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Acute fracture patients – 70 percent were vitamin D deficient – meta-analysis Sept 2015

What is the role of vitamin D supplementation in acute fracture patients? A systematic review and meta-analysis of the prevalence of hypovitaminosis D and supplementation efficacy.

J Orthop Trauma. 2015 Sep 22. [Epub ahead of print]
Sprague S1, Petrisor B, Scott T, Devji T, Phillips M, Spurr H, Bhandari M, Slobogean G.
1Division of Orthopaedic Surgery, Department of Surgery, McMaster University, 293 Wellington Street North, Suite 110, Hamilton, Ontario
2Department of Clinical Epidemiology and Biostatistics, McMaster University, 293 Wellington Street North, Suite 110, Hamilton, Ontario
3Graduate Entry Medicine, Royal College of Surgeons in Ireland, 123 St Stephens Green, Dublin 2, Ireland
4Department of Orthopaedics, University of Maryland School of Medicine, 6th Floor, Suite 300, 110 S. Paca St., Baltimore MD.

OBJECTIVES: The objectives of this systematic review and meta-analyses are: 1) to estimate the prevalence of hypovitaminosis D in fracture patients and 2) to summarize the available evidence on the efficacy of vitamin D supplementation in fracture patients.

DATA SOURCES: A comprehensive search of the MEDLINE, Embase, PubMed, and Cochrane Central Register of Controlled Trials databases was conducted. Conference abstracts from relevant meetings were also searched.

STUDY SELECTION: We included studies that investigate vitamin D insufficiency or examine the effect of vitamin D supplementation on 25(OH)D serum levels in fracture patients.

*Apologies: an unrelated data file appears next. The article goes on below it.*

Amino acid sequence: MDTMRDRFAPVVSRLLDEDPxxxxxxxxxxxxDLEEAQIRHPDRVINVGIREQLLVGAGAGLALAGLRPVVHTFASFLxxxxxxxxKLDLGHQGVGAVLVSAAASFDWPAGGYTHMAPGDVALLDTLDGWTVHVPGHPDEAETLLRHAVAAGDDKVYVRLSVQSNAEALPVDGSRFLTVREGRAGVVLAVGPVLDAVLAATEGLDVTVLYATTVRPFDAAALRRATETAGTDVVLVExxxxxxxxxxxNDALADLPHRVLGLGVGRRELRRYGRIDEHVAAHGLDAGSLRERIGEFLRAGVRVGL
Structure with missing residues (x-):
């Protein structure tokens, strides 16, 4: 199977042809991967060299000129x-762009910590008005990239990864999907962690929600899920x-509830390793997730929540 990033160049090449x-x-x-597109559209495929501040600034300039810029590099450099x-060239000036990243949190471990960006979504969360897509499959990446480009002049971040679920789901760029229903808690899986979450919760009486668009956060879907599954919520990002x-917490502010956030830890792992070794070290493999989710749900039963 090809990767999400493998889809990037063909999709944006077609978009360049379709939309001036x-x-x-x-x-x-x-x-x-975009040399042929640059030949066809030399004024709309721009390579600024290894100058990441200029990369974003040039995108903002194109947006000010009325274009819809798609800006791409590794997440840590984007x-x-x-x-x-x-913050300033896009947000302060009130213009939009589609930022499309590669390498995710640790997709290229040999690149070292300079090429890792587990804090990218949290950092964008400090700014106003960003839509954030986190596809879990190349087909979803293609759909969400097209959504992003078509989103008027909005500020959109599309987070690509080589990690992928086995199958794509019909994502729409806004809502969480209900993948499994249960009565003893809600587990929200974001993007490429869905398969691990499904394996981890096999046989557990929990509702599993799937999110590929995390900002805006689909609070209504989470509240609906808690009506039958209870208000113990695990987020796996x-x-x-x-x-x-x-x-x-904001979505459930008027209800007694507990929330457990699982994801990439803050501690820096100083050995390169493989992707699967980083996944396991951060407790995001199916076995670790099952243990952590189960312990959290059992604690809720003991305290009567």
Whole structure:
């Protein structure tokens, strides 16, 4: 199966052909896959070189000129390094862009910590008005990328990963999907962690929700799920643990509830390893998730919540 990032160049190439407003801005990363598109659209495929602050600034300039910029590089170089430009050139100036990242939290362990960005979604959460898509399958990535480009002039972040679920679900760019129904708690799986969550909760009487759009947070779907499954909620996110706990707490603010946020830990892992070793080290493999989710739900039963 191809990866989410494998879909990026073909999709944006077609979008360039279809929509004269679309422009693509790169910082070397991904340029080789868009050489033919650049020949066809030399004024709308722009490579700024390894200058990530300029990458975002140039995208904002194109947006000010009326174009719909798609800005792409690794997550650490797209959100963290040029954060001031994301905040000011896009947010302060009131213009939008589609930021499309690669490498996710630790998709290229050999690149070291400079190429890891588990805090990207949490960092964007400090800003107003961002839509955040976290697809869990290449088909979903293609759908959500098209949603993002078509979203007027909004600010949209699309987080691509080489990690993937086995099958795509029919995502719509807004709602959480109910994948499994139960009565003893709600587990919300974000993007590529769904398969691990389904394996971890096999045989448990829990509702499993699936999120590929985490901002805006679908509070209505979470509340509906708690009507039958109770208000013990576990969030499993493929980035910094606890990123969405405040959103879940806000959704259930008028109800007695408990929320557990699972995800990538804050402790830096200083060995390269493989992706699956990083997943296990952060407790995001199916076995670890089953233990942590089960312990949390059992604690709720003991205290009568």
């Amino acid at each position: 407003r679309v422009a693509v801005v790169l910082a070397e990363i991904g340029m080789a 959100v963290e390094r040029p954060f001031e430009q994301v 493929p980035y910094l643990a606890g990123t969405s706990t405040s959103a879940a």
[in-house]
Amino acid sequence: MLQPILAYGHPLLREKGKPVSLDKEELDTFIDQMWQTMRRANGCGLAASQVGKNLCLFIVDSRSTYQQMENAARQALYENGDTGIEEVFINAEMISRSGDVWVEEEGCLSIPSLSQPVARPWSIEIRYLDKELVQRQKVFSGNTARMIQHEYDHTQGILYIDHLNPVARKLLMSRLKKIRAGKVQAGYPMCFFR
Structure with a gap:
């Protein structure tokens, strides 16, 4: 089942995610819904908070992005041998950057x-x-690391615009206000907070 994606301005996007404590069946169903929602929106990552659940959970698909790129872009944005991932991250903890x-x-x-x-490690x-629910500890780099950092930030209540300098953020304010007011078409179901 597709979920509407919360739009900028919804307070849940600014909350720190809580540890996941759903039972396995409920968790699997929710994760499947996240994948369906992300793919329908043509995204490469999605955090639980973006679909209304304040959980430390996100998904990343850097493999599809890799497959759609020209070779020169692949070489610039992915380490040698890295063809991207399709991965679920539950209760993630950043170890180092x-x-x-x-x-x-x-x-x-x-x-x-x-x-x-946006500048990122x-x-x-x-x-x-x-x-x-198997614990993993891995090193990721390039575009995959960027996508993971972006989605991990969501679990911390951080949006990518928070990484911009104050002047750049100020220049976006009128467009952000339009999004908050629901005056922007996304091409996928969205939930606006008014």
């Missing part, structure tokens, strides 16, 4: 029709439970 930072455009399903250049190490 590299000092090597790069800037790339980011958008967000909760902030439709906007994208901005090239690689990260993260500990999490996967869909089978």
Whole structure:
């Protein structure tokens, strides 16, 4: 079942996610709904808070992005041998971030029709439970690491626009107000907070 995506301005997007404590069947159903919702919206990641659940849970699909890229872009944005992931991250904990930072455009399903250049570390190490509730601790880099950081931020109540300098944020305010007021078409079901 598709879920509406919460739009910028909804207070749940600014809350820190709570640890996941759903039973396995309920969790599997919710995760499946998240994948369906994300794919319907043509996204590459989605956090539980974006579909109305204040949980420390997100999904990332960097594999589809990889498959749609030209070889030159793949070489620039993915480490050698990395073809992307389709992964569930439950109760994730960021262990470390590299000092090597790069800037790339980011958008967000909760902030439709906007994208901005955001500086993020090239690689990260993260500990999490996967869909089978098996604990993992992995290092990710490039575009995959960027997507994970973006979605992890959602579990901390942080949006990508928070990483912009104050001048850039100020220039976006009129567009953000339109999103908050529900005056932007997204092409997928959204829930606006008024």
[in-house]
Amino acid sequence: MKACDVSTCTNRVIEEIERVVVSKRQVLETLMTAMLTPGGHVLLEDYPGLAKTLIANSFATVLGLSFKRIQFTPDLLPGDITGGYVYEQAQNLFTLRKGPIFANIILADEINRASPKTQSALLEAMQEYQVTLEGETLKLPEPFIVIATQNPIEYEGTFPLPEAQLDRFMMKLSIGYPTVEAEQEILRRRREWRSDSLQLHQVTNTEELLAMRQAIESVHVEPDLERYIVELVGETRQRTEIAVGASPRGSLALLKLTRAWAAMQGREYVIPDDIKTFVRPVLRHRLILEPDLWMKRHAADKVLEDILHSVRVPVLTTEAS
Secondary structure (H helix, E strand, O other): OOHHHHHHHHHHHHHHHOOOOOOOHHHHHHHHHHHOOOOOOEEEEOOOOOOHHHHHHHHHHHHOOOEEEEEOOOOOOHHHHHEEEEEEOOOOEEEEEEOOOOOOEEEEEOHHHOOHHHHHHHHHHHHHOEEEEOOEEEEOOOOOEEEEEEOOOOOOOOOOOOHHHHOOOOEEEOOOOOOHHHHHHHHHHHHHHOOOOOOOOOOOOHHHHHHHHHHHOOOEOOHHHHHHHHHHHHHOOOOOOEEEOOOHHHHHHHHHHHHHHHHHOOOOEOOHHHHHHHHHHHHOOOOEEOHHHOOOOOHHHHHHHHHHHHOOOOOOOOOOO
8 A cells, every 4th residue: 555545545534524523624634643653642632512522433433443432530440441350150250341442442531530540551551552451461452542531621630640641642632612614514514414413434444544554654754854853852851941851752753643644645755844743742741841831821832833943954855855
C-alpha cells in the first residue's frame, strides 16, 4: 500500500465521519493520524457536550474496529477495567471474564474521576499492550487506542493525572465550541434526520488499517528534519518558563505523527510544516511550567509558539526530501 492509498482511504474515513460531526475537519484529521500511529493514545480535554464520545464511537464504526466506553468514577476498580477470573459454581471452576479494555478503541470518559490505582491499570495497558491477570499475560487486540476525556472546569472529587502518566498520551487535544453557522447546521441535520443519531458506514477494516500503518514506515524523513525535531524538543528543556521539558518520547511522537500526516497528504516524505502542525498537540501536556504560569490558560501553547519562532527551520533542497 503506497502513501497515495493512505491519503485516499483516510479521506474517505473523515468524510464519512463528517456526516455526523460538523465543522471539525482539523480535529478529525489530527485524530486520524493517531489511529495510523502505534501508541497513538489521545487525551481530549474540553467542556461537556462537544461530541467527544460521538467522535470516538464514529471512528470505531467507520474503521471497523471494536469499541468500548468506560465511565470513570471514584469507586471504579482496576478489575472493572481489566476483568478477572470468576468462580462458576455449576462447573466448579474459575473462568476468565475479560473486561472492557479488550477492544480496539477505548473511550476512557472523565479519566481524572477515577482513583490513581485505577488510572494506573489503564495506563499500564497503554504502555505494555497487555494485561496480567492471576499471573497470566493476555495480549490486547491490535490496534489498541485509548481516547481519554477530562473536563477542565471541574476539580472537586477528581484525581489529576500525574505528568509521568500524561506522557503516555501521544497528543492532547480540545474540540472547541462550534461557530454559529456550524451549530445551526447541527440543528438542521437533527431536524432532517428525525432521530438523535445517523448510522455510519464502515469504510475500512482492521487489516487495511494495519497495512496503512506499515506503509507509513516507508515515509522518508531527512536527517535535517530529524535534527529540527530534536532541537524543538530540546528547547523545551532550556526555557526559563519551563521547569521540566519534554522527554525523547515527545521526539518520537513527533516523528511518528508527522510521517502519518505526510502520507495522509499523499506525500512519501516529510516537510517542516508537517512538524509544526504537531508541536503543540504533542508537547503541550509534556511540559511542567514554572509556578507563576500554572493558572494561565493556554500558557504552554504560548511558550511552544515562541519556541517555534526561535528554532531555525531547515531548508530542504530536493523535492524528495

DATA EXTRACTION: Two authors independently extracted data using a pre-designed form.

DATA SYNTHESIS: We performed a pooled analysis to determine the prevalence of post-fracture hypovitaminosis D and mean post-fracture 25(OH)D levels. We present detailed summaries of each of the studies evaluating the impact of vitamin D supplementation.

RESULTS: The weighted pooled prevalence of hypovitaminosis D was 70.0% (95% CI: 63.7-76.0%, I = 97.7).
The mean post-fracture serum 25(OH)D was 19.5 ng/ml. The studies that evaluated the efficacy of vitamin D supplementation suggest that vitamin D supplementation safely increases serum 25(OH)D levels. Only one meeting abstract showed a trend towards reduced risk of nonunion following a single large loading dose of vitamin D.

CONCLUSIONS: This review found a high prevalence of hypovitaminosis D in fracture patients and that vitamin D supplementation at a range of doses safely increases 25(OHD) serum levels. To date, only one pilot study published as a meeting abstract has demonstrated a trend towards improved fracture healing with vitamin D supplementation.

LEVEL OF EVIDENCE: Level IV.

PMID: 26429406


How many more meta-analyses will be needed?

See also VitaminDWiki

Pages listed in BOTH the categories Falls/Fracture and Meta-analysis

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